Eric Bridgstock, Independent Road Safety Research, St Albans

Agree (4) | Disagree (0)
+4

I think a lot of contributors have missed the point here. It's not about whether smoking in cars affects driving or not, but whether producing toxic fumes in an enclosed spaced, shared by a child, is a form of child abuse.
Martin, Suffolk

Agree (6) | Disagree (4)
+2

Too many drivers still do things which are illegal, anti-social and potentially dangerous when driving anyway i.e.under the influence, speeding, on the 'phone etc. despite numerous advertising campaigns and prohibitions, so I cannnot see this particular ban being particularly effective as, to a lot, the consequences of smoking whilst driving does not seem as obviously hazardous as the ones mentioned above.
Hugh Jones, Cheshire

Agree (11) | Disagree (2)
+9

Following on from Belinda's comment. With a conservative estimate of some 60 billion vehicle trips a year in the UK, surely most drivers are completing in excess of 99.9% their trips very successfully?
John

Agree (10) | Disagree (0)
+10

Car fires started by cigarettes are unlikely but it has happened - like most other behaviours when using the roads the vast majority of time people get away with it but this does not mean the behaviour is sensible. I agree it may be an exteme 'what if' scenario but if I was a smoker I wouldn't smoke while driving just like I never consume food or drink whilst driving. The main reasons are to be able to concentrate and have the car under full control at all times.
Dr James Whalen DSA ADI (car), Wolverhampton

Agree (6) | Disagree (6)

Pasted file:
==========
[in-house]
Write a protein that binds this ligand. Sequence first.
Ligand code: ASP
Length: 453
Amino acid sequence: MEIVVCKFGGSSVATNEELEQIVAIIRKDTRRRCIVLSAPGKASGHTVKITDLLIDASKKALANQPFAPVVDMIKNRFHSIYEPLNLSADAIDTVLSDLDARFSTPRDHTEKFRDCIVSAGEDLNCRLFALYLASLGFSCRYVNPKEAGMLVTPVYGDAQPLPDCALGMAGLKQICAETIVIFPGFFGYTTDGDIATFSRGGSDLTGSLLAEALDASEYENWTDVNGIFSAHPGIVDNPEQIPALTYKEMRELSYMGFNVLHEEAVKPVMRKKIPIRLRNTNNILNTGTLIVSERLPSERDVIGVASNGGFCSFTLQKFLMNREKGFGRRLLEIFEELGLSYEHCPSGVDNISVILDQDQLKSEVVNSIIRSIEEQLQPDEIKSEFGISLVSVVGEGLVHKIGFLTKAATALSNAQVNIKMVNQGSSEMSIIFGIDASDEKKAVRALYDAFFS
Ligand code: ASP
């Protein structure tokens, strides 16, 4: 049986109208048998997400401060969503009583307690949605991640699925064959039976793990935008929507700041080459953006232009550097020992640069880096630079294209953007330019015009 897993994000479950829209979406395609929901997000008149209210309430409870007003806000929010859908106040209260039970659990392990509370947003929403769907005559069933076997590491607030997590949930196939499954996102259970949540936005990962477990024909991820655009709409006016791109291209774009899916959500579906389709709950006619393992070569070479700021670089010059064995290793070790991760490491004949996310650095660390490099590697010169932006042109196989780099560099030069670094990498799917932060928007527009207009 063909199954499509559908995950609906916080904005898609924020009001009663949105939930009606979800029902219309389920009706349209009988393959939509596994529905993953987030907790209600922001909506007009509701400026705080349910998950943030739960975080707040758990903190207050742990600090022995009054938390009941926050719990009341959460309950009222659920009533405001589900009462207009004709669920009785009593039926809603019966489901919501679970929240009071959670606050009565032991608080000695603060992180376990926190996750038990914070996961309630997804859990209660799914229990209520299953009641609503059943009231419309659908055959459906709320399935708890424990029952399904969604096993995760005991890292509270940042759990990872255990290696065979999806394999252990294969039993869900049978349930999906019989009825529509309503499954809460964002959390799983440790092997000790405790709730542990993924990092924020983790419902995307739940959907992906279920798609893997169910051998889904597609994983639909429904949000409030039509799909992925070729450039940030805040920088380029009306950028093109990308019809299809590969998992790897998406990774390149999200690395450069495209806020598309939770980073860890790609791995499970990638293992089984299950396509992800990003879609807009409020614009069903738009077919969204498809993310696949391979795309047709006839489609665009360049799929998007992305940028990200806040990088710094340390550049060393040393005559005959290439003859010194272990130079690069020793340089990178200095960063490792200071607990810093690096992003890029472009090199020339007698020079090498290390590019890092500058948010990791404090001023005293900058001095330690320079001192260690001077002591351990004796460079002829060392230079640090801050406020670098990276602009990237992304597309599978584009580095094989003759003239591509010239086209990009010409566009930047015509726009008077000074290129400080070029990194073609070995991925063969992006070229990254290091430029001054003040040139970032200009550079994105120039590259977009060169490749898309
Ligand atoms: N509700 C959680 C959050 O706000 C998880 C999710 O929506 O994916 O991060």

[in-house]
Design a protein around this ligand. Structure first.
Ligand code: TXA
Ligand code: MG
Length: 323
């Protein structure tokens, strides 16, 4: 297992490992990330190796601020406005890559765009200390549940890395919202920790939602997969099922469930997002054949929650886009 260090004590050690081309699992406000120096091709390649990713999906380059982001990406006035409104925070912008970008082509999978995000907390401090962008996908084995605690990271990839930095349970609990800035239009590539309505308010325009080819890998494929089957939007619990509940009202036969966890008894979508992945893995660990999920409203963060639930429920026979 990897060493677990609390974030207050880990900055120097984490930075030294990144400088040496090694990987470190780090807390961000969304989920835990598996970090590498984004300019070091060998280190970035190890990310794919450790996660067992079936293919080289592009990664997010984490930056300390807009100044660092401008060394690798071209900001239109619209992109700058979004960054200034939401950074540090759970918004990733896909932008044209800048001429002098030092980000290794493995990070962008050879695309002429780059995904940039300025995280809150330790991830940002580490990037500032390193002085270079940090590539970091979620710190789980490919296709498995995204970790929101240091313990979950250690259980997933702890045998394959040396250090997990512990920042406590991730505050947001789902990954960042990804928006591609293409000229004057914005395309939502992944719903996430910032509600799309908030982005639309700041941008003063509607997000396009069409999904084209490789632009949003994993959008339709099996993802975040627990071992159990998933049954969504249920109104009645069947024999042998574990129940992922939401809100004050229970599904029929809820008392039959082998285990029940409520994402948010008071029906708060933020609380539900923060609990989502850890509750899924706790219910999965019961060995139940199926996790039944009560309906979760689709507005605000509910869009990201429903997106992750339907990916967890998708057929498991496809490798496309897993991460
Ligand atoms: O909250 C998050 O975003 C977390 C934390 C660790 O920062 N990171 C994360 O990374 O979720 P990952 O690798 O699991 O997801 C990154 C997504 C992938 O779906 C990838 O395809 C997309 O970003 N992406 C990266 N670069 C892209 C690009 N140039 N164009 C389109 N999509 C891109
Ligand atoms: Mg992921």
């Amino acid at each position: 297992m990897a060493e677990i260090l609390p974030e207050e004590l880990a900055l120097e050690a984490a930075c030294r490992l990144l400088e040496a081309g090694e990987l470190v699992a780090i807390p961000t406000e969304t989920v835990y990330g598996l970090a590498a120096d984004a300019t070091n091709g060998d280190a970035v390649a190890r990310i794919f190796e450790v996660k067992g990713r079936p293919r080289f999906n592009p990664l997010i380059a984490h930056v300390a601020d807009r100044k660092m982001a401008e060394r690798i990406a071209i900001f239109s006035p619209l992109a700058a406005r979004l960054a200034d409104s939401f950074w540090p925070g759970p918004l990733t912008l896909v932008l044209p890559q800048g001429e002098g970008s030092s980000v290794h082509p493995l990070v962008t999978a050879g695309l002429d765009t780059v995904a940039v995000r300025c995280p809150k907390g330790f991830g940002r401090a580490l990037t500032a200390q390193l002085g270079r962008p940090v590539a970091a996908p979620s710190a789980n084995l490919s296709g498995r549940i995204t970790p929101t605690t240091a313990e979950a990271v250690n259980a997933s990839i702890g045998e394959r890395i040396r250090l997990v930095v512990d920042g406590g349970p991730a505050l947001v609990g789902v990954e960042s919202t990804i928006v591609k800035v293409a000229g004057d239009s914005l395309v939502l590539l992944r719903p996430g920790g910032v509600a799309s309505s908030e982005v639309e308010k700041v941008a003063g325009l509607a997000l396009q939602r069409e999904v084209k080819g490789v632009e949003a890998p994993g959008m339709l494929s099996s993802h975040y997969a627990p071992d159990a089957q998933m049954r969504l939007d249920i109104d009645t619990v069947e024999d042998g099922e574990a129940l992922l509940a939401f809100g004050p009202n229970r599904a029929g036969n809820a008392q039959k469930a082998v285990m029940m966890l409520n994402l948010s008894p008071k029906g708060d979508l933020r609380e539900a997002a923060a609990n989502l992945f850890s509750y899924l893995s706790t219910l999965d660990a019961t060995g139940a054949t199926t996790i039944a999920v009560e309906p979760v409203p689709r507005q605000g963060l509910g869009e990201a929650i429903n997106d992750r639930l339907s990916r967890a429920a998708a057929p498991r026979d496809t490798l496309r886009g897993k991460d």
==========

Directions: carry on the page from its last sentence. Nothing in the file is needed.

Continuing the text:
0

Dr James Whalen presents an extreme 'what if' scenario the like of which can be applied in some form to almost anything that occurs in a car. Most people, smoking or not, end most of their journeys safely – enormous numbers of smokers all over the world manage not to create fireballs even though they are smoking while driving. There are countless distractions in motor vehicles and drivers simply have to learn to concentrate on the road. Those who think an action is impossible shouldn't interrupt those who are capable of carrying it out.
Belinda, Edinburgh

Agree (18) | Disagree (5)
+13

However, it may well provide an additional source of income for driving instructors who deliver the NDORS programmes.
Keith Doyle

Agree (5) | Disagree (0)
+5

This would be as unenforceable as the current mobile phone legislation without considerable investment in roads policing. Maybe the Health Minister could fund some if the Home Office won't.
Dave, Leeds

Agree (16) | Disagree (0)
+16

I don't smoke but my father did. Preventing a smoker from smoking can make them irritable/aggressive and hence could affect their driving. As always, we are unwise to ignore all possible consequences.
Eric Bridgstock, Independent Road Safety Research, St Albans

Agree (16) | Disagree (5)
+11

Having something burning in your hand must be a distraction - and what may happen if your've involved in a collision and there's leaking fuel?
Dr James Whalen DSA ADI (car), Wolverhampton

Agree (10) | Disagree (12)